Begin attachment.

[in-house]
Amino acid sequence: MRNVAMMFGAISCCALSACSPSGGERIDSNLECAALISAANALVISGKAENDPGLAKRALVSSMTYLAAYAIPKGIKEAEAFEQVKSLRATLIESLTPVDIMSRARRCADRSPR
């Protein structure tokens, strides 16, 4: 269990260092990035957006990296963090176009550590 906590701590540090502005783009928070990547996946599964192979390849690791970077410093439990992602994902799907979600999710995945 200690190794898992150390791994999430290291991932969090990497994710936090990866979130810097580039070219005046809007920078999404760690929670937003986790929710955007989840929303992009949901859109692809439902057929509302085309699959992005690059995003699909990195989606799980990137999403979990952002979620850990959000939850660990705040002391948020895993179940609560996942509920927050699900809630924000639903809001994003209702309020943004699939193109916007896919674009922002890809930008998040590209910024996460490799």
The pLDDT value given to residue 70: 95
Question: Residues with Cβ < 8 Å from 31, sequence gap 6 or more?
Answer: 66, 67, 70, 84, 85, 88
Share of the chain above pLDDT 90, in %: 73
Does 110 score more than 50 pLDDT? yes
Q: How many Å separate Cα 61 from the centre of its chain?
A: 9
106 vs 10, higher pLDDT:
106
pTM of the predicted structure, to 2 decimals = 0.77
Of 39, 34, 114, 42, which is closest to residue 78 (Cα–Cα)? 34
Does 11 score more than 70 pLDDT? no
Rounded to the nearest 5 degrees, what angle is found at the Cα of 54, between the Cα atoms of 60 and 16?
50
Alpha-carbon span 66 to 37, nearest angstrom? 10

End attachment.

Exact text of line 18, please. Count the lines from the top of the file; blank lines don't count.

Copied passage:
Alpha-carbon span 66 to 37, nearest angstrom? 10